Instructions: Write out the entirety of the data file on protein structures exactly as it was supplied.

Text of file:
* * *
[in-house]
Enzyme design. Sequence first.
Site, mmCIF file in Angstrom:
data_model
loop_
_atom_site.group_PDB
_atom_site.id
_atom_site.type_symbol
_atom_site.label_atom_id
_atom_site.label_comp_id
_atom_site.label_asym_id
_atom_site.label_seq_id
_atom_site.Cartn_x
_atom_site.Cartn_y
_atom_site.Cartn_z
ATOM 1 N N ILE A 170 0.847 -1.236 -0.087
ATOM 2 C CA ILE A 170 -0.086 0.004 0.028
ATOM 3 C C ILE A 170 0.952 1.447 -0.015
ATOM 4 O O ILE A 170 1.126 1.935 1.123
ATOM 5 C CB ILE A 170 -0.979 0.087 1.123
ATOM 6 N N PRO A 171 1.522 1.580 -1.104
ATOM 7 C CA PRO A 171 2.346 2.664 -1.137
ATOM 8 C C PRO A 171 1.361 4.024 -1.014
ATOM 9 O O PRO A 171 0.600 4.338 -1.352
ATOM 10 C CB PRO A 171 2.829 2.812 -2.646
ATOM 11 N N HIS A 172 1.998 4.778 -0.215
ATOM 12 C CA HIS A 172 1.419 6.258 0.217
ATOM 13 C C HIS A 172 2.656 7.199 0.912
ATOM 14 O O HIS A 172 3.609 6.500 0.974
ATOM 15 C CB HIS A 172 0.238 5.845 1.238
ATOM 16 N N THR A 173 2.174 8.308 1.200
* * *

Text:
[in-house]
Enzyme design. Sequence first.
Site, mmCIF file in Angstrom:
data_model
loop_
_atom_site.group_PDB
_atom_site.id
_atom_site.type_symbol
_atom_site.label_atom_id
_atom_site.label_comp_id
_atom_site.label_asym_id
_atom_site.label_seq_id
_atom_site.Cartn_x
_atom_site.Cartn_y
_atom_site.Cartn_z
ATOM 1 N N ILE A 170 0.847 -1.236 -0.087
ATOM 2 C CA ILE A 170 -0.086 0.004 0.028
ATOM 3 C C ILE A 170 0.952 1.447 -0.015
ATOM 4 O O ILE A 170 1.126 1.935 1.123
ATOM 5 C CB ILE A 170 -0.979 0.087 1.123
ATOM 6 N N PRO A 171 1.522 1.580 -1.104
ATOM 7 C CA PRO A 171 2.346 2.664 -1.137
ATOM 8 C C PRO A 171 1.361 4.024 -1.014
ATOM 9 O O PRO A 171 0.600 4.338 -1.352
ATOM 10 C CB PRO A 171 2.829 2.812 -2.646
ATOM 11 N N HIS A 172 1.998 4.778 -0.215
ATOM 12 C CA HIS A 172 1.419 6.258 0.217
ATOM 13 C C HIS A 172 2.656 7.199 0.912
ATOM 14 O O HIS A 172 3.609 6.500 0.974
ATOM 15 C CB HIS A 172 0.238 5.845 1.238
ATOM 16 N N THR A 173 2.174 8.308 1.200